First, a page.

I have an Old World palate. What can I say? After years of reviewing and drinking French, Italian and Spanish wines, there's really no avoiding it. But that doesn't mean I eschew bottlings from the other side of the ocean, i.e. this side! I'm particularly fascinated by those modeled on Old World versions, and I love to see where the Old and the New line up and where they diverge.
With that philosophy in mind, and given the special place in my heart for France's Champagne region, I was excited when recently in Napa Valley to visit with Schramsberg Vineyards owner and winemaker Hugh Davies.
The modern Schramsberg, established by Jack and Jamie Davies in 1965, was one of the United States' first sparkling wine producers. Its bottlings have graced White House dinners and notably accompanied Pres. Nixon's 1972 "Toast to Peace" with Chinese Premier Chou En-lai in Bejing. But Schramsberg's historic claim to fame goes back farther; the estate was founded in Calistoga in 1862 by Jacob Schram, a contemporary of fellow German immigrants and California wine industry leaders Charles Krug and Jacob Beringer.
While Schramsberg is best known for its sparklers, it produces outstanding reds as well, under the J. Davies label, from high-elevation vineyards (650 to 1,000 feet) planted to Cabernet and Malbec in the 1990s. This kind of diversity would never be possible from the rolling terrain and terroir of Champagne, a region entrenched in tradition and its Chardonnay, Pinot Noir and Pinot Meunier grapes. In this regard, Schramsberg is decidedly outside of the Old World paradigm.
Where the Old World meets the New is in the variety of the estate's vineyards. Davies showed me a map that detailed multiple vineyard and fruit sources, from Mendocino County down through Sonoma and Napa counties and south into Marin County. All told, about 90 different sites contribute fruit that can be vinified into up to 200 different base wines.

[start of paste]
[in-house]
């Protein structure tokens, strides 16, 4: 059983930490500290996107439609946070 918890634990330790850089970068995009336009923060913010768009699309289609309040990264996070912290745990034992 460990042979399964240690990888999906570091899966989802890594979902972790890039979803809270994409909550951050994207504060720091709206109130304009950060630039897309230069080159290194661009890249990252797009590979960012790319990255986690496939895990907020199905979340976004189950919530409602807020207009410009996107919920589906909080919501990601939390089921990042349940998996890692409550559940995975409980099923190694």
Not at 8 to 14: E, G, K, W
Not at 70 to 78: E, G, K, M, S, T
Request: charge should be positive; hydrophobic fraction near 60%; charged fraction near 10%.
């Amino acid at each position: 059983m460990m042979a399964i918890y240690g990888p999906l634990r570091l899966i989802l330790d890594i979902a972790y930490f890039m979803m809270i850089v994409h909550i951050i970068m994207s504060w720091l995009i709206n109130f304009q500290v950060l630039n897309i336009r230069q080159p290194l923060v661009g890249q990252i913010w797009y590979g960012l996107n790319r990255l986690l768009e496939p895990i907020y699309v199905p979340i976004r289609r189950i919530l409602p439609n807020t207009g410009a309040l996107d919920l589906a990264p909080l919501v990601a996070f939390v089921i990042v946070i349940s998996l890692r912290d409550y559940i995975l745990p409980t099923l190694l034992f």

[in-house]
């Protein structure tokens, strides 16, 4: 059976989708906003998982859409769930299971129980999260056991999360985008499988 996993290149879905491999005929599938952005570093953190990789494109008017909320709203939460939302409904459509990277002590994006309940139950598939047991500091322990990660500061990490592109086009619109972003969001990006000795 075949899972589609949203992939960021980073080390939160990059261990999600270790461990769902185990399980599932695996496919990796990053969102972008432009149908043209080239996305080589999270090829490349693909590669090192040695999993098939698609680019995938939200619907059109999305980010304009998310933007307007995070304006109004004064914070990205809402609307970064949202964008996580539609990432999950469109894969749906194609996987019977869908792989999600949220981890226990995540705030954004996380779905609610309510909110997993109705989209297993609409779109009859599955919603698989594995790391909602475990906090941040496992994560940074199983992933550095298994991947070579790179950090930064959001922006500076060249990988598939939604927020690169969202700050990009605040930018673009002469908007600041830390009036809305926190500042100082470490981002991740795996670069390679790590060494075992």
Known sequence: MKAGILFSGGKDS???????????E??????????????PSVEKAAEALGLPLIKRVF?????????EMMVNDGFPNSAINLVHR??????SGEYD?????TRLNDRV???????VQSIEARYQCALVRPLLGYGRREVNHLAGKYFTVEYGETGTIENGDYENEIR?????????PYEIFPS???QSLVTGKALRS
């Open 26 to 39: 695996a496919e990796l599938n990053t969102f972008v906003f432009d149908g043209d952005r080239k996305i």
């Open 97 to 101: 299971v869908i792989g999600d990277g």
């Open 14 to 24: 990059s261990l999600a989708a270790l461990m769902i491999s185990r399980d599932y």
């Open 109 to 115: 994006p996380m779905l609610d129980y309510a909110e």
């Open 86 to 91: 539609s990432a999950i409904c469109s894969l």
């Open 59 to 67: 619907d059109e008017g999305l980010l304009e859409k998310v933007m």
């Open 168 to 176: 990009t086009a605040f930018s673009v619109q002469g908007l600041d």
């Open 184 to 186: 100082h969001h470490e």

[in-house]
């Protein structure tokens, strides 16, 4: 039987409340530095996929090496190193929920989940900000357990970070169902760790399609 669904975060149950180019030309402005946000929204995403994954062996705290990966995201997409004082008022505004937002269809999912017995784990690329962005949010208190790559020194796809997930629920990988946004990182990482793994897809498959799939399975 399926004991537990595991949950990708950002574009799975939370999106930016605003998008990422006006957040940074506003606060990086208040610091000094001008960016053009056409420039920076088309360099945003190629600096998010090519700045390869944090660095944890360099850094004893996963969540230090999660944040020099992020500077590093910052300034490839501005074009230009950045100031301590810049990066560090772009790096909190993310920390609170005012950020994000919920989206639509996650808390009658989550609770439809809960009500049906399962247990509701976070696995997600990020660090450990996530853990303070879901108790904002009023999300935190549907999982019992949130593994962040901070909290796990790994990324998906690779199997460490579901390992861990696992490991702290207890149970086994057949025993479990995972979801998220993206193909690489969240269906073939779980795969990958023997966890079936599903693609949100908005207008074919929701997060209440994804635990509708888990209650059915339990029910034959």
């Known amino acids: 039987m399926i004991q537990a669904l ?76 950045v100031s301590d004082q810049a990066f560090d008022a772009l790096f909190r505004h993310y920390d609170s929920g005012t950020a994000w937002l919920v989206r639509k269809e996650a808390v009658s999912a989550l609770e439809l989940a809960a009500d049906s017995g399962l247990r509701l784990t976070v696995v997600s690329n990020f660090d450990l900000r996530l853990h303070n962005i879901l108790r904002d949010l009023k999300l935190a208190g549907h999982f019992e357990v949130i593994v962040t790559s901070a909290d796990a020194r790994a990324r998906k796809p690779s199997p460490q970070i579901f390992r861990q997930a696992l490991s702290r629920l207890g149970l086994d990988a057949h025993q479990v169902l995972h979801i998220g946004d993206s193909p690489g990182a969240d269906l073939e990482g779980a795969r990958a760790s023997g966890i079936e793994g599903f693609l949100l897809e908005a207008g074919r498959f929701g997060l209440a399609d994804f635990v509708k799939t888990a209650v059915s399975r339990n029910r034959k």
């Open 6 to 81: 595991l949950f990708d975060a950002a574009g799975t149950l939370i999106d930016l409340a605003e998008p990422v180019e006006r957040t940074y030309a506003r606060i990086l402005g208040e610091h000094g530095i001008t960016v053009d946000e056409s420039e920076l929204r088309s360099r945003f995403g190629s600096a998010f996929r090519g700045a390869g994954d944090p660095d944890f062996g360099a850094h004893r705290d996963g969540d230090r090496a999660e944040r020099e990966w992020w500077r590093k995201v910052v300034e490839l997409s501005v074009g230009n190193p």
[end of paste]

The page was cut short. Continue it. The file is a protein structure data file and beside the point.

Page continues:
To make sparkling wine in the traditional method, the first step is to create highly acidic, still base wines that are then blended into a final still wine. This final wine is bottled with yeast and a small amount of sugar, which kicks off a secondary fermentation that creates the bubbles.
Many of Champagne's top grower-producers and even mid-size négociant houses produce their sparklers with fewer base wines than Schramsberg. But most Champenois will agree that this blending process, and the complexity it brings to the finished wine, is the heart and soul of quality sparkling-wine production.
Schramberg's success in this regard was on full display during my visit, as we tasted through individual base wines from recent and older vintages, to the final base wine blends for two wines, and through to the finished products.
Not surprisingly, these sparklers showcased fruit flavors that were riper and juicier than many of the Champagnes I taste. But they were deftly layered with the freshness and finesse expected from the Chardonnay and the structure that comes from the Pinot. And, as a sucker for aged, vintage bubbly, I kept coming back to my glass of the 1996 J. Schram Napa Valley, a finely knit wine featuring a lovely, lacy texture, rich baked and poached fruit and a lasting note of smoky grilled nut. Almost 20 years old and showing beautifully.